I recently stumbled upon an abandoned RV dealership in North Salt Lake, Utah. It’s been vandalized. Broken glass and graffiti abound. Nature is doing its thing, too. It’s significantly dilapidated.
Hugh’s R.V. apparently hasn’t been closed for very long, I believe less than two years, but the building looks like it has been abandoned for a decade or more. One of the reviews I found for this place stated that it looked dilapidated—this was when it was still open!—so it was already in a state of disrepair prior to abandonment, and that partially explains why it looks so bad now. Perhaps more than anything, people have just trashed it since it closed.
I captured Hugh’s R.V. with my Fujifilm X100V using my Kodak Portra 400 film simulation recipe. I love how this recipe looks for many things, including structures. Really, it was an easy choice! This particular film simulation recipe could be many people’s “only” recipe. It’s good for such varied situations, and an abandoned building in afternoon light is no exception. This Portra 400 recipe on the X100V is an especially great combination, and a one camera, one lens, one recipe philosophy could be embraced. I appreciate the film-like aesthetic of my Portra 400 settings.
My challenge to you is for one week (or at least one day if that’s too much) use one camera with one lens and one film simulation recipe. If you don’t have an X100V, that’s no problem, just use what you do have. I think the restriction will empower your creativity. Limitations improve art. If you accept this challenge, let me know in the comments which camera, lens and recipe you plan to use, and also report how it goes. I look forward to your feedback!
See also: Film Simulation Reviews
Ritchie, I have been using one camera, one lens and one recipe for a while now. Since I discovered your Kodak Portra 400 film simulation recipe back in June, I have used this in combination with my X-T3 and XF50mmf2. I love this super compact setup and use it mostly for my nature instagram account @photo_graph_hc . I find that 50mm a perfect focal length and I love to shoot wide open. Your Kodak Portra 400 creates beautiful colours in plants, flowers, trees and landscapes. Definitely a favourite recipe for me as it works for many situations.
Awesome! That sounds like a winning combination! The 50mm focal length on APS-C is underrated in my opinion.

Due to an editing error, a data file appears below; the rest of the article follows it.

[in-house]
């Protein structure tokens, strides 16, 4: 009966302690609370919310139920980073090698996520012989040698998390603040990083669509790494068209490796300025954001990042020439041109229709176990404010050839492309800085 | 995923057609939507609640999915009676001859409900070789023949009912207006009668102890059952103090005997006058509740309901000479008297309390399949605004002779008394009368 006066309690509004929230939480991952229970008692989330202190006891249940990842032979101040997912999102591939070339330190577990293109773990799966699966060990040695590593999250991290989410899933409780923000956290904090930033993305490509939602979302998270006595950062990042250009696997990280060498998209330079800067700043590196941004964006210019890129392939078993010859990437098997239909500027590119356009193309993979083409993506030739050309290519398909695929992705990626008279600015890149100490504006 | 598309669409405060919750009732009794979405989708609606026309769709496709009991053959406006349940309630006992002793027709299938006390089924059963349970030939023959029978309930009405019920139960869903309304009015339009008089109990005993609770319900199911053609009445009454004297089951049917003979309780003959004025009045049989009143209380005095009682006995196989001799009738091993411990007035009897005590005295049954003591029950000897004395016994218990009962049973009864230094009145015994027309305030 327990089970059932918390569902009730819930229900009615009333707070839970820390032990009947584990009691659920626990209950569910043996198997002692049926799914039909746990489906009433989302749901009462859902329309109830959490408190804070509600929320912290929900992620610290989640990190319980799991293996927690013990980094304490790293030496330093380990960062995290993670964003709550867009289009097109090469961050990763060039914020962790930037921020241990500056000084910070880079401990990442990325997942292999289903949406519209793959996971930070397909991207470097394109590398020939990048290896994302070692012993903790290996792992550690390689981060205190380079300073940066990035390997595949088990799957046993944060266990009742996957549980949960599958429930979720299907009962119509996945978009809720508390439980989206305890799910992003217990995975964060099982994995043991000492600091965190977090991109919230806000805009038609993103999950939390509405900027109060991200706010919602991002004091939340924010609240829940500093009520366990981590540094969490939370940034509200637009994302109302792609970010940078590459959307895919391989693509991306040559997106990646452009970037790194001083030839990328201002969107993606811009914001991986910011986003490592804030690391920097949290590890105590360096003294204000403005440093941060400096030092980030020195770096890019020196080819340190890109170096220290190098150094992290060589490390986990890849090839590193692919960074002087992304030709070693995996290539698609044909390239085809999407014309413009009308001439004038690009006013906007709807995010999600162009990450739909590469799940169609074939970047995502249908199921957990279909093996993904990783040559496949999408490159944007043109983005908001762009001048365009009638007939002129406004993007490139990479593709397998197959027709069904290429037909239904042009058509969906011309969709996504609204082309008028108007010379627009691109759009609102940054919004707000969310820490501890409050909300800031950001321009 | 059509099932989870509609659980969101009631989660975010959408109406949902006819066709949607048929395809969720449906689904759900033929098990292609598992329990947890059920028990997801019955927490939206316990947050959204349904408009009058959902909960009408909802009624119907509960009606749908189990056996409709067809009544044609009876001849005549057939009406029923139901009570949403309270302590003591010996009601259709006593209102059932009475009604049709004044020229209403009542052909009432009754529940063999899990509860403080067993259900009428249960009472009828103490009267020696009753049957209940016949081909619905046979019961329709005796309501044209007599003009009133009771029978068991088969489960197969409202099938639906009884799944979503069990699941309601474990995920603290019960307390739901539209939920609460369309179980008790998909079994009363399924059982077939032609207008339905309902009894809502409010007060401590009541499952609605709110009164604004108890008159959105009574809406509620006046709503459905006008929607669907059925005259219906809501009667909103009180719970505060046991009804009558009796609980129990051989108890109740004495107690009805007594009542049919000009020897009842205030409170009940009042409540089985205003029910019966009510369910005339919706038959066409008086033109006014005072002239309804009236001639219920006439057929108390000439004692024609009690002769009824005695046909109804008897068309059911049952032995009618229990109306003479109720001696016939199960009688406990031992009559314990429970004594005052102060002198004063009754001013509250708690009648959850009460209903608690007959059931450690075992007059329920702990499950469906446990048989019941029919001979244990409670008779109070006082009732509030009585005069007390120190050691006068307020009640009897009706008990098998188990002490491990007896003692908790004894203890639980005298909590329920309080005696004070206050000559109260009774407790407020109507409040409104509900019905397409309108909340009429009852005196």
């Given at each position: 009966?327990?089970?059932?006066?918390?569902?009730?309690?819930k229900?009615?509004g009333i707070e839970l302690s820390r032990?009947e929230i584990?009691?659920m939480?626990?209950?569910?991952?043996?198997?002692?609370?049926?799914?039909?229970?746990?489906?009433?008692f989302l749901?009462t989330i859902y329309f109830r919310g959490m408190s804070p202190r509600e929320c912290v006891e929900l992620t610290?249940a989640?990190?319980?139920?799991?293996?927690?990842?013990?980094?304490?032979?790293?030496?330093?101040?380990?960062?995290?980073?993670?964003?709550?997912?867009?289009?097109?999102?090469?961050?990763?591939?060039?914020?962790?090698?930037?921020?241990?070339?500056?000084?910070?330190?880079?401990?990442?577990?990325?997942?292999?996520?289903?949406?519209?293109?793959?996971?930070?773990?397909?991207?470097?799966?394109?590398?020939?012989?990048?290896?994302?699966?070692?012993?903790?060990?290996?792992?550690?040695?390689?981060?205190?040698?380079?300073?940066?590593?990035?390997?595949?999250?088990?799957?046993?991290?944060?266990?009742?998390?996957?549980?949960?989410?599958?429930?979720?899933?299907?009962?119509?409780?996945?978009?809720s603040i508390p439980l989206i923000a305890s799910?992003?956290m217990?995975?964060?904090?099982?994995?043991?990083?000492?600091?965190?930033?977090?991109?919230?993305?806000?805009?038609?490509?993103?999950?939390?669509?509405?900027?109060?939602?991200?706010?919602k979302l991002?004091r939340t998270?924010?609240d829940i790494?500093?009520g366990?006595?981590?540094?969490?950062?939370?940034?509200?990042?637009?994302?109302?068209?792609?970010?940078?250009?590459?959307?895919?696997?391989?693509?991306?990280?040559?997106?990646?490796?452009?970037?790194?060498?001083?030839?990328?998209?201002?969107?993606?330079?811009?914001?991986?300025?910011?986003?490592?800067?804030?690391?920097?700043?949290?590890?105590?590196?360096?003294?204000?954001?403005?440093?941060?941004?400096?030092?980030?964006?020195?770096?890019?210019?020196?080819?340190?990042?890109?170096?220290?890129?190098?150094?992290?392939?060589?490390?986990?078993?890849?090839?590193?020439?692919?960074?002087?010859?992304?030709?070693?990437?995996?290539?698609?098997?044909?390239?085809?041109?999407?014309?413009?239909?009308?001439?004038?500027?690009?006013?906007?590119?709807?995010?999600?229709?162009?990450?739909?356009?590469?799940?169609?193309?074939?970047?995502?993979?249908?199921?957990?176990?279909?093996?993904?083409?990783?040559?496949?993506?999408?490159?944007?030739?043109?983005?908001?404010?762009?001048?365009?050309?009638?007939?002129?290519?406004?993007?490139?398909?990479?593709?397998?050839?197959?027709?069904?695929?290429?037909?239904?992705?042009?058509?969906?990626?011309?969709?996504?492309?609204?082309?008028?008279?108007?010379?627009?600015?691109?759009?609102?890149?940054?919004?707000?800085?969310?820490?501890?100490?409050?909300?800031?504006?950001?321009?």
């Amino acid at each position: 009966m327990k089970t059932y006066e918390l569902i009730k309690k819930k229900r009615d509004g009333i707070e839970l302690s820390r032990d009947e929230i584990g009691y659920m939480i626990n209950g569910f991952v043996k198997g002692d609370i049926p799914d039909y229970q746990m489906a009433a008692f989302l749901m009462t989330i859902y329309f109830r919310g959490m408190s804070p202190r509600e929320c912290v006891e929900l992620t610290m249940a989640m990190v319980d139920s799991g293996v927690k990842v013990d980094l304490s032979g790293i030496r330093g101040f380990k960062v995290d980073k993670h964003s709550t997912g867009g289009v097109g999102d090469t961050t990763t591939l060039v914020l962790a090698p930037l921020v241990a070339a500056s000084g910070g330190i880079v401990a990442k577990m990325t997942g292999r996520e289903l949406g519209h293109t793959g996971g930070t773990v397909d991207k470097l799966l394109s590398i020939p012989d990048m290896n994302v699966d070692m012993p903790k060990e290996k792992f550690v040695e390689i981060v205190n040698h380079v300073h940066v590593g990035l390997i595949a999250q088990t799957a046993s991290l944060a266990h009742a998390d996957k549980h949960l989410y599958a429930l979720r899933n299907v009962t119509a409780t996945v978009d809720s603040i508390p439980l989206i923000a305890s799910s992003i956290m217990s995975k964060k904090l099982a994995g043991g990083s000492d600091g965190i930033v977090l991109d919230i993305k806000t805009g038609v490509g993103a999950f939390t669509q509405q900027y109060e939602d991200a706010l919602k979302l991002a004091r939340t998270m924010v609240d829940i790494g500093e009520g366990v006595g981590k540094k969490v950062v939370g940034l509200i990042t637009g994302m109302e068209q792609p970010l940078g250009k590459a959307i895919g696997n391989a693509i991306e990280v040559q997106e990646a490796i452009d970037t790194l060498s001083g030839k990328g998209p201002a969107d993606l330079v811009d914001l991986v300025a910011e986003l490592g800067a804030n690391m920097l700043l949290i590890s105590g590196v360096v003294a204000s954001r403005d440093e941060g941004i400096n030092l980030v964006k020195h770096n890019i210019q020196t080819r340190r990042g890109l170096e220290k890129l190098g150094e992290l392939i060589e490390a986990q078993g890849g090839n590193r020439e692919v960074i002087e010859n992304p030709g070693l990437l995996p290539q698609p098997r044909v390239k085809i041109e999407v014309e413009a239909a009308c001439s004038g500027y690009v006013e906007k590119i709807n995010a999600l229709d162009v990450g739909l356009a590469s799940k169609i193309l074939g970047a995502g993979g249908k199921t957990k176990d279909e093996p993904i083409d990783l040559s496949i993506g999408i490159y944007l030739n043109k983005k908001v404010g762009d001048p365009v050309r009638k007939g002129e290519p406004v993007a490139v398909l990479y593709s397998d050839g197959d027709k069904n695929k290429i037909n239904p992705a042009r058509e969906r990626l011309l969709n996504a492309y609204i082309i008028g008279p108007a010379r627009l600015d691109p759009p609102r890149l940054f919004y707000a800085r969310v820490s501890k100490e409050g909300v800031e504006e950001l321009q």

Ritchie. I have a comment here. Can I have a chance to check the performance of your film simulation recipe in some other weather condition? What I mean: cloudy, rainy or spme other weather condition.
There are a couple examples of that in the recipe itself.
I have used one camera (Fuji X-T2), one lens (XF27mmF2.8) and one film simulation (Luìs Costa’s colour recipe) for nearly a month. It’s liberating.
Awesome! Luis Costa has created some great recipes!
I’ve just programmed Kodachrome 64 into the Q menu on my Fuji XT30. Have ordered a XF 35 mm F.2 lens today and will be keeping that on the camera for a bit and will use with the Kodachrome 64 recipe.
Kodachrome 64 is one of my favorite recipes. The X-T30 combined with the 35mm f/2 is great, I use it often.
I plan to use my X-T4 with the 7artisans 25mm 1.8 and the superia 1600 film simulation!
Awesome! The 7Artisans lens can make for some interesting character.
Awesome work Ritchie. I’ve been using a one lens per week approach for some time now, rotating my lenses on weekly basis. I’ve been toying with the idea of adding a recipe to the mix. My excuse for not sticking to one recipe is that I’m trying to find out what I like. But honestly, isn’t following the one body, one lens, one recipe approach you wrote about the best way to identify what I like (and don’t like)? I’m going to give it a shot. Thanks.
Awesome! You’ll have to report back which recipe you chose and how it goes.